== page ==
I tried. I lingered around traffic lights and asked random people for directions, asked them what time it was, where I could find a grocery store. I just wanted to see if anyone could tell if I was from Pakistan. Nobody did. I told a colleague. He shook his head. I was completely missing the point. Delhi is a huge city, it's full of people who have just arrived from other parts of India. Who has the time to worry about a random stranger at a traffic signal asking silly questions?

    The longing

    The stories we heard were too horrid and too sentimental. "We lost everything ... I am the only sibling who survived." "We want to go and see our ancestral home, the place where we were driven from, oh the streets of our childhood."

    But there were lots of other people who couldn't care less. They didn't start sobbing when they heard the names of cities such as Sialkot or Rawalpindi.

    They had never seen these places. Their ancestors weren't born there. There was no fragrance of my own earth for them: no Hyderabad sunsets, no Lahore kebabs, no lovers left behind in Gujranwala.

    And there was the overwhelming love and hospitality and the same mantra that we lived like brothers for a thousand years. How did it all go wrong within a matter of months? How did neighbours stab neighbours? What were they seeking freedom from? People were more interested in talking about their homes in Lahore, in Gujranwala.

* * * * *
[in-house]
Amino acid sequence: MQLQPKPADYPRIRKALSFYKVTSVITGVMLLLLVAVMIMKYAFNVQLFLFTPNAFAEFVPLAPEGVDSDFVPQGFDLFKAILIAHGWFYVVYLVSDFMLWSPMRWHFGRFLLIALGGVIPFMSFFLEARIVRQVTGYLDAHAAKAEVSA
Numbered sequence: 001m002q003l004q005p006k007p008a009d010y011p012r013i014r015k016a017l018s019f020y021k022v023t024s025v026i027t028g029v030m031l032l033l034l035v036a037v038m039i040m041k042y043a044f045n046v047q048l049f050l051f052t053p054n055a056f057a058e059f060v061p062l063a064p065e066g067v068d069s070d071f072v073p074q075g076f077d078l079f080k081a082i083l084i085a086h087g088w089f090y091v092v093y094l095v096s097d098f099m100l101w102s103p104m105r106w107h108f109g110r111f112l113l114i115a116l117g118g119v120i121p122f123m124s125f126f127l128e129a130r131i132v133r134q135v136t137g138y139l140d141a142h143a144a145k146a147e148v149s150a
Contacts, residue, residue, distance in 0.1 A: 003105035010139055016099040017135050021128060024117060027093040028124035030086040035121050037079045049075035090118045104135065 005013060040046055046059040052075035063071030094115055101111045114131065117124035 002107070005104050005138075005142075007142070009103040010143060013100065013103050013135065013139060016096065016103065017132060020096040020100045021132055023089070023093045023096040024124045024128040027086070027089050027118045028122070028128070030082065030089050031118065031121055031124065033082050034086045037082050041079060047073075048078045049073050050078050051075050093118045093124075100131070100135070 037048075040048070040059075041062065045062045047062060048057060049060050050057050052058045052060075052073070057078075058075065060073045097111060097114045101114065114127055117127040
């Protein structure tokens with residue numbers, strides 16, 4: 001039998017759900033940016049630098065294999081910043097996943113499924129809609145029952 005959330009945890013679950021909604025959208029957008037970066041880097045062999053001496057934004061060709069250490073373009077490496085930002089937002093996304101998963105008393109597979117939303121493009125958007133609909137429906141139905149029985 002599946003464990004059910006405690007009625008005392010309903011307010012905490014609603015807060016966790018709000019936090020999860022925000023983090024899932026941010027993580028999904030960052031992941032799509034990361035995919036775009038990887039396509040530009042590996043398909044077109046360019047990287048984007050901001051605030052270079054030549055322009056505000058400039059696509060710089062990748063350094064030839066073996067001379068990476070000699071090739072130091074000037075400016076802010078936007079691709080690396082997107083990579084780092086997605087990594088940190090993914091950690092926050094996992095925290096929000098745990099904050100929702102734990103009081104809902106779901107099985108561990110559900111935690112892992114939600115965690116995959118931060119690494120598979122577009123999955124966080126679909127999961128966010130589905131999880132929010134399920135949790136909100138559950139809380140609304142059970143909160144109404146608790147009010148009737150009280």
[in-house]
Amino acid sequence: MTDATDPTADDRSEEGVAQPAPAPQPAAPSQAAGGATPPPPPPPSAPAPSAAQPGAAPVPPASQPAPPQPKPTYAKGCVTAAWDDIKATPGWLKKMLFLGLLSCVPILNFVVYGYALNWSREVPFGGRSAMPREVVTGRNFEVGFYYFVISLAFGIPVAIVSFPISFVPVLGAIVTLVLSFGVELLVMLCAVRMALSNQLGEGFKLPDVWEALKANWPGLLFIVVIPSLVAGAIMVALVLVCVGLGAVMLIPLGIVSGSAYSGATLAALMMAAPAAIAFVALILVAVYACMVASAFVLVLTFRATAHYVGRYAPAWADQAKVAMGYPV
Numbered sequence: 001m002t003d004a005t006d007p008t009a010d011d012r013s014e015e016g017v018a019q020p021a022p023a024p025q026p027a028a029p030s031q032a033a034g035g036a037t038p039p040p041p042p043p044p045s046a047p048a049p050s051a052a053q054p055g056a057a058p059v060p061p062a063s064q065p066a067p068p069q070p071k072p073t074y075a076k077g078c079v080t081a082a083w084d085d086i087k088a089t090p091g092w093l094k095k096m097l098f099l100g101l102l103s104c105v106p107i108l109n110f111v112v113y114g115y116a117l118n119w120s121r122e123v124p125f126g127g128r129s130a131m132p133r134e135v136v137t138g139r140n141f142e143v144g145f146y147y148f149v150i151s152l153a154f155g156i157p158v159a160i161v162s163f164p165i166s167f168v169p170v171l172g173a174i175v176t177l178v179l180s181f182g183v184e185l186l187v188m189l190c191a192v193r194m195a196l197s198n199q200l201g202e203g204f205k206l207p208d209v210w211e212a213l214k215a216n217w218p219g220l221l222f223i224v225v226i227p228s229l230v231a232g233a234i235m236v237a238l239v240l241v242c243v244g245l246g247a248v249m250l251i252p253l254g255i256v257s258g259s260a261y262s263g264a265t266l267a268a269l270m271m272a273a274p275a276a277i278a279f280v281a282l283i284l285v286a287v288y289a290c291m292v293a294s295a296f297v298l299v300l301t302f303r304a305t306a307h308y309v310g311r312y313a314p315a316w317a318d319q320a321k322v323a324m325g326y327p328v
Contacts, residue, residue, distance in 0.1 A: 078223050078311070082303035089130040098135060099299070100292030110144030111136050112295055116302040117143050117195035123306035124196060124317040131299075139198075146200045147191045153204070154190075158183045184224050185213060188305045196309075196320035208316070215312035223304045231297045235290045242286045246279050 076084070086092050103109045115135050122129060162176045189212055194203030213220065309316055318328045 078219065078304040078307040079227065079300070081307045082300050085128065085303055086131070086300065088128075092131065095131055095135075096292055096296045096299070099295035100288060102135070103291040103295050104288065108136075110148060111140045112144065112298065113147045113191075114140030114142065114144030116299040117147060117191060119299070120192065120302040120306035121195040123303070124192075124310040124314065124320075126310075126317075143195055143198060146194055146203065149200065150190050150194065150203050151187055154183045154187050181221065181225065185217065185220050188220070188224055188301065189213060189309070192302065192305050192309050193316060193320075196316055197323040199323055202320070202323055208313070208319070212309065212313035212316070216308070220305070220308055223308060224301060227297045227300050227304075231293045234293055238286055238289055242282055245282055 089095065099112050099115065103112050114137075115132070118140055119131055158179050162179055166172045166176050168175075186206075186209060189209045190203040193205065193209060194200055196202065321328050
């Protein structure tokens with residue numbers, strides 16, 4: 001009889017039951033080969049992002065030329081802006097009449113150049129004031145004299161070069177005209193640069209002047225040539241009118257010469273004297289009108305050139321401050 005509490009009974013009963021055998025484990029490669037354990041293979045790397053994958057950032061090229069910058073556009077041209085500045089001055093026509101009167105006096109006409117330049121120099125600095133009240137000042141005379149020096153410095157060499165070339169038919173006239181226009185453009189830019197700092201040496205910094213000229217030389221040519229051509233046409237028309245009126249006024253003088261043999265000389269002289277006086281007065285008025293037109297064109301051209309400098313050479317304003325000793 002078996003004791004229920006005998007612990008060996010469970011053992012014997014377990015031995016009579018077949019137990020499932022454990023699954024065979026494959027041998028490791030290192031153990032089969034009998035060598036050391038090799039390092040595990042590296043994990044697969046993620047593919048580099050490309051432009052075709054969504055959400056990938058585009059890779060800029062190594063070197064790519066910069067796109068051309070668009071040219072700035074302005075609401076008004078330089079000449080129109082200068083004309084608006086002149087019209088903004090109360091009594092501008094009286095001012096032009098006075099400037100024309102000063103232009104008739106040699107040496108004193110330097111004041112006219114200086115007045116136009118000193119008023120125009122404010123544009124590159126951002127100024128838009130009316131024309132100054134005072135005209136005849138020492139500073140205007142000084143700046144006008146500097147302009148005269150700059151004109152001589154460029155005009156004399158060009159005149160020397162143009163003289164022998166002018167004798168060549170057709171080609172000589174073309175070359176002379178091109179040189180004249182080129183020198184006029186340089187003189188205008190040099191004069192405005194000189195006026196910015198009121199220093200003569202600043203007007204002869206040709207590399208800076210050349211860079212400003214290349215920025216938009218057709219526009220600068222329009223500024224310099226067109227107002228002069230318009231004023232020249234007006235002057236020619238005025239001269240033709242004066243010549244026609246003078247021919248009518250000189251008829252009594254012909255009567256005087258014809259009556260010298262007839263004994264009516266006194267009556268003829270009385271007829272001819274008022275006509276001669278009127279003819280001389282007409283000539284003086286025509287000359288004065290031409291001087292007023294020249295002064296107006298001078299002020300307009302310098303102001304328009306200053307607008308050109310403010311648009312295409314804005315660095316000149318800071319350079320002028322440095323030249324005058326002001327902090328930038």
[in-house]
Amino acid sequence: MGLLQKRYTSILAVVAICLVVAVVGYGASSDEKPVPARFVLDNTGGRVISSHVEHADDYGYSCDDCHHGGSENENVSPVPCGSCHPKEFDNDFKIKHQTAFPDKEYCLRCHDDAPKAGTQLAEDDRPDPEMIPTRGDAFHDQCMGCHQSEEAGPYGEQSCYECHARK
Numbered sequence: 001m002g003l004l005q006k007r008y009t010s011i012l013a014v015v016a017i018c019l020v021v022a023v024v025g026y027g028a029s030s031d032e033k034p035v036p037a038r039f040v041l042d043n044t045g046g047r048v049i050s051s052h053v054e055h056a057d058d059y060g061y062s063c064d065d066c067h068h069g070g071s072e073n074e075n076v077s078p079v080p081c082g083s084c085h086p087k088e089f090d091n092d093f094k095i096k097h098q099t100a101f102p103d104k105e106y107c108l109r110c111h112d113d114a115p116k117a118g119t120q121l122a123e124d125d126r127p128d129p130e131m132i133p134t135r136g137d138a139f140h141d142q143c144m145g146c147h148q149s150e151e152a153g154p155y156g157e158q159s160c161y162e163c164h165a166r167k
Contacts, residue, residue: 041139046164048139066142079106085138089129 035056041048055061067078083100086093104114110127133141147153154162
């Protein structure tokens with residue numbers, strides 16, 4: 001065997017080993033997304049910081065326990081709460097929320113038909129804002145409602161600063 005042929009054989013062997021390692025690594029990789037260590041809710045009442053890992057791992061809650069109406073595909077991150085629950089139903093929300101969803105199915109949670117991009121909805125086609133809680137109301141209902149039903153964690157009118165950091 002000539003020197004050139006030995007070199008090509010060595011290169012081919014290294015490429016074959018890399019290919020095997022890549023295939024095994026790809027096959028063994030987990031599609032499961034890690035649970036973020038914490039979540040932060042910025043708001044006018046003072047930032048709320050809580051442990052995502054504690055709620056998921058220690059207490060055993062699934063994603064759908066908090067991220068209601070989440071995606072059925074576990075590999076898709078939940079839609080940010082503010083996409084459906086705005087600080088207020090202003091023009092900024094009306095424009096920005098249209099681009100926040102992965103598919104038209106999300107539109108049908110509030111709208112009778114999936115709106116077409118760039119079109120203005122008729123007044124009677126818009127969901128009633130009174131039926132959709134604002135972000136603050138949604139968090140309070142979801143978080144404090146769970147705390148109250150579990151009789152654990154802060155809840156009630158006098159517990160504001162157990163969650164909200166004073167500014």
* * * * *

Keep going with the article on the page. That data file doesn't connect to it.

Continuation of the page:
For the answers one had to go to a cinema.

    It's business, was always business

    The most we know about each other is from moving images from films and songs. And a bit from books but we are united in the habit of not paying much attention to the written word. When you can see Rajnikanth shake his geriatric hips, what do you need words for?

    What we really have in common is music. There is always someone to remind you that the song you just heard was written by someone this side of the border, sung by someone on that side of the border.

    Wherever Indians and Pakistanis of a certain age meet, they are quite surprised that everyone remembers all the words of a Hemant Kumar song.

    A new film called Border had just opened in Delhi. One of my ambitions in life was to watch an Indian film in an Indian cinema. Border was the perfect fit: a bunch of Indian soldiers sing songs of love and then kick Pakistani ass.

    I wanted to see how the audience would react. It was a full show. I thought as I had come from Pakistan, I'd get preferential treatment. I managed to make it to the ticket window after practically swimming over the shoulders of a crowd.